[From Manx Soc vol XXI]
IT had been the intention of the editor to have given a more particular account of the family of Mylecharaine than what is stated in the first series of Mona Miscellany, p. 54, and considerable trouble has been taken to accomplish this, but without effect. It was desirable to obtain information as to the time when the person who is said to have found the treasure lived, and one of his descendants has repeatedly promised to look up some of their old deeds that would have given the date as to the time they first acquired property in Jurby, but has failed to do so. One thing, however, was done ; the editor obtained the loan of an ancient cross, which, along with some other small valuables, had been handed down from their forefathers. This, after being cleaned from the soil and peat which filled up some parts of it, and entirely concealed the engraved portion, turned out to be silver. It had evidently lain long unused, from its blackened appearance, and probably formed one portion of treasure that had been concealed in early times when the Isle of Man was subject to so many raids from Norsemen and others, and probably was the foundation of the rise in fortune of the Mylecharaine family.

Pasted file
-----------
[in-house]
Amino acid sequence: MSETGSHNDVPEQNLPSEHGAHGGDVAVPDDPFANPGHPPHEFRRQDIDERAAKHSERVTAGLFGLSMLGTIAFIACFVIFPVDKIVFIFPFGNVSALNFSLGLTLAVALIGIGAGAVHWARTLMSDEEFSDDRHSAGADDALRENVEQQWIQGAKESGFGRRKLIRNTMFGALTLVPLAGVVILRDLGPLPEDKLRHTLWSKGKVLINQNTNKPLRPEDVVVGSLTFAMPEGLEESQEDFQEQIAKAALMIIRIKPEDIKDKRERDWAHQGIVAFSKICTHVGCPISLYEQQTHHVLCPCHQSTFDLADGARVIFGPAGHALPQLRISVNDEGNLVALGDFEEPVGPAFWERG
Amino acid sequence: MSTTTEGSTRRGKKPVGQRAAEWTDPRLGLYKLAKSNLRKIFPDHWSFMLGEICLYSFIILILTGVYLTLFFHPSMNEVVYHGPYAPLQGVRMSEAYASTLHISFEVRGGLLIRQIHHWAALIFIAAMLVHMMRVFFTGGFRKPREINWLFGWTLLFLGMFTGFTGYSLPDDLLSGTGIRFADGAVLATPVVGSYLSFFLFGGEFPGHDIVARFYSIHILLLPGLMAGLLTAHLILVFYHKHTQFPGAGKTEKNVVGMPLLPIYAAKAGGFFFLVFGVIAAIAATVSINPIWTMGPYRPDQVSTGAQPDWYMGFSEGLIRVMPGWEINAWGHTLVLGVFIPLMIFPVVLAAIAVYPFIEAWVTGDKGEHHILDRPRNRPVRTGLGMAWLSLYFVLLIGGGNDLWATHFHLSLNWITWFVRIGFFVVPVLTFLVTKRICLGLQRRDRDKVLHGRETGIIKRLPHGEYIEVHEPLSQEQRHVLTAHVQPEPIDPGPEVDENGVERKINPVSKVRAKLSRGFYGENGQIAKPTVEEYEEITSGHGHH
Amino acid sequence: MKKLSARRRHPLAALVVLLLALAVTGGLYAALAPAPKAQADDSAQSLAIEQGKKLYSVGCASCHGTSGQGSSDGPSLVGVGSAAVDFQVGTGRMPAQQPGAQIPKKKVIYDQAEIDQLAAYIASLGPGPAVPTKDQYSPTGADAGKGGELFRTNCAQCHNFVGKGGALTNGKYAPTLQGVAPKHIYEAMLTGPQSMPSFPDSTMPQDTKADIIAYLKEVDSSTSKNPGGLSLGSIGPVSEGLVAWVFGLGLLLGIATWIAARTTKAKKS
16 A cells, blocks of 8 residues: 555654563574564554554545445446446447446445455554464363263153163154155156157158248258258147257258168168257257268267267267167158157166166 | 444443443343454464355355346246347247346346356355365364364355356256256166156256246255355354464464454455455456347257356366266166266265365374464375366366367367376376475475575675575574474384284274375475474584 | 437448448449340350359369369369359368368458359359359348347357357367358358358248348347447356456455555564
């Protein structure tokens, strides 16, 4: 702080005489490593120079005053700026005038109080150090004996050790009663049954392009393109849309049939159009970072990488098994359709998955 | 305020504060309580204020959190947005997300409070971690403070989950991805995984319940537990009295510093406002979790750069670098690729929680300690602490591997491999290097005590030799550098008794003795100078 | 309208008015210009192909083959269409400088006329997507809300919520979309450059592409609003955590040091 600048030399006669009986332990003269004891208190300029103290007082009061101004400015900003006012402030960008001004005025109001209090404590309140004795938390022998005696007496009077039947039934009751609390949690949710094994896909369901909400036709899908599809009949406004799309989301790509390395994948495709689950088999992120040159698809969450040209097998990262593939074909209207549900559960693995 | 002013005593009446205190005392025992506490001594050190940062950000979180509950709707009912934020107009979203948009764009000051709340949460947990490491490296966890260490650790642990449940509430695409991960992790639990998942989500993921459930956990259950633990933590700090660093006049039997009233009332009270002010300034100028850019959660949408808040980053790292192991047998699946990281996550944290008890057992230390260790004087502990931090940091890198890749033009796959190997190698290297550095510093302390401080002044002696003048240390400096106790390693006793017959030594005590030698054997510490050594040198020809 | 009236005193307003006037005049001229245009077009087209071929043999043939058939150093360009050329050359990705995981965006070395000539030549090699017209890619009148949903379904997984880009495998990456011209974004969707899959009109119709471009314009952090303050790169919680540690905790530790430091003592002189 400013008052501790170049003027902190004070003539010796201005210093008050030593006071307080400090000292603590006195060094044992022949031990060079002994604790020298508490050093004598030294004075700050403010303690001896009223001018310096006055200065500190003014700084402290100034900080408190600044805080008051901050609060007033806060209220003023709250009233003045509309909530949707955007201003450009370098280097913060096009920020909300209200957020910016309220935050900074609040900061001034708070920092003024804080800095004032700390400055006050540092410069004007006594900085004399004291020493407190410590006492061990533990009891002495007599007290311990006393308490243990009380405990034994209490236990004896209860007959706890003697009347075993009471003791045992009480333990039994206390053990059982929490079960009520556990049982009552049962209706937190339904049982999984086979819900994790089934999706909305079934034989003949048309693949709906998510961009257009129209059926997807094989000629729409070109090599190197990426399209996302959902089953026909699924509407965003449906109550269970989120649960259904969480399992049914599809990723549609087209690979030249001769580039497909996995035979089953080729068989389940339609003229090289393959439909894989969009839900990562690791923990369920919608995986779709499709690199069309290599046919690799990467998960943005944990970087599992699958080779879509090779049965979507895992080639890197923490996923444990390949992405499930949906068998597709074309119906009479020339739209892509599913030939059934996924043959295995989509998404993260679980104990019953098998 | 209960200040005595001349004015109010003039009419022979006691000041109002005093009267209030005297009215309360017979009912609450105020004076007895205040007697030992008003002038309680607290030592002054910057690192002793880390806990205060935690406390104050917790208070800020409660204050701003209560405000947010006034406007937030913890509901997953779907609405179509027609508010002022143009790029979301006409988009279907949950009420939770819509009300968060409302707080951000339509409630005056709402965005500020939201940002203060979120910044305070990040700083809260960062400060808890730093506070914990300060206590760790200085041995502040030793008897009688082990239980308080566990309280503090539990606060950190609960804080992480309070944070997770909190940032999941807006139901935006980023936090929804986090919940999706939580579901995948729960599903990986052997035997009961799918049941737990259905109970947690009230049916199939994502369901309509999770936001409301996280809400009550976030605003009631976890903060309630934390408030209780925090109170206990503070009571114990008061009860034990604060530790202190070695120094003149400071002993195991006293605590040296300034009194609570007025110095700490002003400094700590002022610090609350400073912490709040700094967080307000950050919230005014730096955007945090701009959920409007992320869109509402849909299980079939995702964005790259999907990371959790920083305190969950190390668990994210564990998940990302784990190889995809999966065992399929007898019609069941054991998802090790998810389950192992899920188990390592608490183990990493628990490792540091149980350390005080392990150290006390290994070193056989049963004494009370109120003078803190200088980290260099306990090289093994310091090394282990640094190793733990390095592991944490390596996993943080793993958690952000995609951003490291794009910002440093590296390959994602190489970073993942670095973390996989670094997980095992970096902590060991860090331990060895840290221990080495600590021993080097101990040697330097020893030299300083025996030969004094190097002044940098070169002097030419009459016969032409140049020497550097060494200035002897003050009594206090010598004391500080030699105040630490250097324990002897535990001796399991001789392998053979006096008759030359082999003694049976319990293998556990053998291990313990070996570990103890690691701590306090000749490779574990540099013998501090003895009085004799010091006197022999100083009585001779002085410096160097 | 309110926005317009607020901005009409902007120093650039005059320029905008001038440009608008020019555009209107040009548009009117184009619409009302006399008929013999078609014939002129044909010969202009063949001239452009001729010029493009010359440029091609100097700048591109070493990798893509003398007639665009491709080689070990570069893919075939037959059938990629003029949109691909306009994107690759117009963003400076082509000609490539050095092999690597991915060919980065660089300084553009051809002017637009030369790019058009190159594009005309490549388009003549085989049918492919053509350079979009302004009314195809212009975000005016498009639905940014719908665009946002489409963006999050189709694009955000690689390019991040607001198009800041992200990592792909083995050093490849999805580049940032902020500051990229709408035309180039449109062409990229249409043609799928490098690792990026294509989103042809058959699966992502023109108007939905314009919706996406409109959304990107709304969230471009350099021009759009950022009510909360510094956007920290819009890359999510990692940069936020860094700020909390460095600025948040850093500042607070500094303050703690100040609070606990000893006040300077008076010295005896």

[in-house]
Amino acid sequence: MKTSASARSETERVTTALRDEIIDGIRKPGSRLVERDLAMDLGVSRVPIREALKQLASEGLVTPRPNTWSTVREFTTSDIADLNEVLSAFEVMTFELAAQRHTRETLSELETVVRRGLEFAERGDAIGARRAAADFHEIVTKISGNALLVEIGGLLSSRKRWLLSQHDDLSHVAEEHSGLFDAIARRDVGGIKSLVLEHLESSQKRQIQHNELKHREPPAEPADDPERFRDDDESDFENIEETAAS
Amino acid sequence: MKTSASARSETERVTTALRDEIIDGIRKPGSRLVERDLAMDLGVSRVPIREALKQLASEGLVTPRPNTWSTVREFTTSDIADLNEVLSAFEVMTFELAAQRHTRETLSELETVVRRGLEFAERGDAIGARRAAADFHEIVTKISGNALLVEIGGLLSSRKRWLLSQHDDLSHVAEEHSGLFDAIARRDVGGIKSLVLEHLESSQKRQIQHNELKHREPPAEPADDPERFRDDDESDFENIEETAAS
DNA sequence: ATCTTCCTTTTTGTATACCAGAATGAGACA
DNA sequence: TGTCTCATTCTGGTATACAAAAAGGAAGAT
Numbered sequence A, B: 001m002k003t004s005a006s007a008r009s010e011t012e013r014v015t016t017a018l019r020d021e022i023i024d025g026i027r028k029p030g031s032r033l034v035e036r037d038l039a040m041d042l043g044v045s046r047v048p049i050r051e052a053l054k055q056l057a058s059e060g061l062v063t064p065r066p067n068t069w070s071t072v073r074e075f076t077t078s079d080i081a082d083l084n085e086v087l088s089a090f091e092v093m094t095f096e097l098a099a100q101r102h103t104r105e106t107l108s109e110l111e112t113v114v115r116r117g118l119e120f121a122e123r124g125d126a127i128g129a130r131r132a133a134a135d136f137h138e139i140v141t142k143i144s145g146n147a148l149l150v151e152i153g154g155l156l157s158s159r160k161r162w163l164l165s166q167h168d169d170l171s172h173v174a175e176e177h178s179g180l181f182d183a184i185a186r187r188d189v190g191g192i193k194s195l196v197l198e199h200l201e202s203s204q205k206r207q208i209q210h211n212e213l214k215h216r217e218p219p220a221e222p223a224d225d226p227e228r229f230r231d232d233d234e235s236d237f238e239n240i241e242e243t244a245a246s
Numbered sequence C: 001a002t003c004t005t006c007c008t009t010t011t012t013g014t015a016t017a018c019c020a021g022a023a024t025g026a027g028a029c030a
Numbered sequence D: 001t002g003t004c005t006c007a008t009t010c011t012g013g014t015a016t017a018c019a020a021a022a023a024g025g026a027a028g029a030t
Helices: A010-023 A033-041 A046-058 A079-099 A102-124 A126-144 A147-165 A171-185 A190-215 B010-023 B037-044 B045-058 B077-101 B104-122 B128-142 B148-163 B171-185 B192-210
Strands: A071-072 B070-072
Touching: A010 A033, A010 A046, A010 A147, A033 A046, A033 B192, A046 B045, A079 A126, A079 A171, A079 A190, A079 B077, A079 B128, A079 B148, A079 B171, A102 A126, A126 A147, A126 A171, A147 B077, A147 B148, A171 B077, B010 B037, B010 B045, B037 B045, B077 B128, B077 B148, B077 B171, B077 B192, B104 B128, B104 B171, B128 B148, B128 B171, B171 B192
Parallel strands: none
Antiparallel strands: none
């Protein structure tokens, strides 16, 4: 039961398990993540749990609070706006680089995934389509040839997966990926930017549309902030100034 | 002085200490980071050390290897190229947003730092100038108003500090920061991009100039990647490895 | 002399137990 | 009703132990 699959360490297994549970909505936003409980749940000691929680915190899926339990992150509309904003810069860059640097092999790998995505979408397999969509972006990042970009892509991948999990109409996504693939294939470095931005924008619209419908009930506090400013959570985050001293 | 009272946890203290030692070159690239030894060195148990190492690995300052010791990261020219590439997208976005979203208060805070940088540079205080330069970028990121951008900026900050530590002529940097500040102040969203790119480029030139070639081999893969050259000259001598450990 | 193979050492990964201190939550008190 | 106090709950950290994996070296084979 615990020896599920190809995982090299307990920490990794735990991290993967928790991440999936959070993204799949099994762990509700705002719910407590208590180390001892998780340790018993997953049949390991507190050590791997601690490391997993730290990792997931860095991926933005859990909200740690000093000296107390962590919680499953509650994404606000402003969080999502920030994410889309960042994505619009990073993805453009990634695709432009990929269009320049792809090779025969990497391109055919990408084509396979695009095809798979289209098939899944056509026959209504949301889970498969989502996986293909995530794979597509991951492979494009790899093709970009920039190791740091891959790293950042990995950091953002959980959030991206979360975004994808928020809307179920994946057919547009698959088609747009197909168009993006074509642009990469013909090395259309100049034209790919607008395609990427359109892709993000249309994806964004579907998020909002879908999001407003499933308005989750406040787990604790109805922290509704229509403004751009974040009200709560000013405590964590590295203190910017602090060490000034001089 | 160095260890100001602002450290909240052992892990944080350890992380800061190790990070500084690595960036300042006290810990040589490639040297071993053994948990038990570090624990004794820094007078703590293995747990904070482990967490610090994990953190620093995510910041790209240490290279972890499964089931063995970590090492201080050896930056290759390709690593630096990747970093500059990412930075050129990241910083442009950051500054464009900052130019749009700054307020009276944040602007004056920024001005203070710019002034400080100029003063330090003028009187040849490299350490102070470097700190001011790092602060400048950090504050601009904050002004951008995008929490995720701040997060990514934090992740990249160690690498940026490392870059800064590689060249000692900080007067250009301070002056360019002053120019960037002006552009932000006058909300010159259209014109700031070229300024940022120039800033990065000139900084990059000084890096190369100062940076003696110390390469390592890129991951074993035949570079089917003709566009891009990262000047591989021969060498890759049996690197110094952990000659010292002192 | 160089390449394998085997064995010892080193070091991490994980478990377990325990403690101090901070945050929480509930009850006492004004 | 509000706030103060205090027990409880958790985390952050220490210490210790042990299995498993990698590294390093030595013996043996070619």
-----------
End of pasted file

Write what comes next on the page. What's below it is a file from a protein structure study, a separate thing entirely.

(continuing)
An exact drawing of this cross has been carefully made, which will no doubt be an acceptable contribution to the Manx antiquary. The small ring at the top, by which it was suspended, has been unfortunately broken ; it is otherwise quite perfect. It is evidently of great age, if we may judge from its workmanship and peculiar form. It bears a very striking resemblance to the St. Cuthbert gold cross, found on his body at the opening of his tomb in 1827, a drawing of which is given in Chamberss Book of Days, vol. ii. p. 312. 1864. St. Cuthbert was bishop of the Northumbrian Island of Lindisfarne, and died in the year 688. His body, after several removals, found a resting-place in 1104 in Durham Cathedral. If the Mylecharaine cross be assigned to the same age, it will, indeed, be entitled to be called an antique.
The principal part of the property is in Kirk Christ Lezayre, part in Andreas, and part in Jurby, and being intack, bears no name, only a number in the Lords book. The old house is not in existence. There is a field called Gaht ny thieynthe Field of the Houses. Mrs. Jane Cashen of the Curraghs, Jurby, is the lineal descendant or representative of Mylecharaine.
There is a tradition that Mylecharaine was an illegitimate son of one Christian of Milntown, who, fearing an invasion, hid some valuable property in the Curragh, which this son afterwards secretly took up, and from thence was called
Molley e chiarciel,
Deceiver of my care.
There appears to be a reference in will of William Mylecharane,1721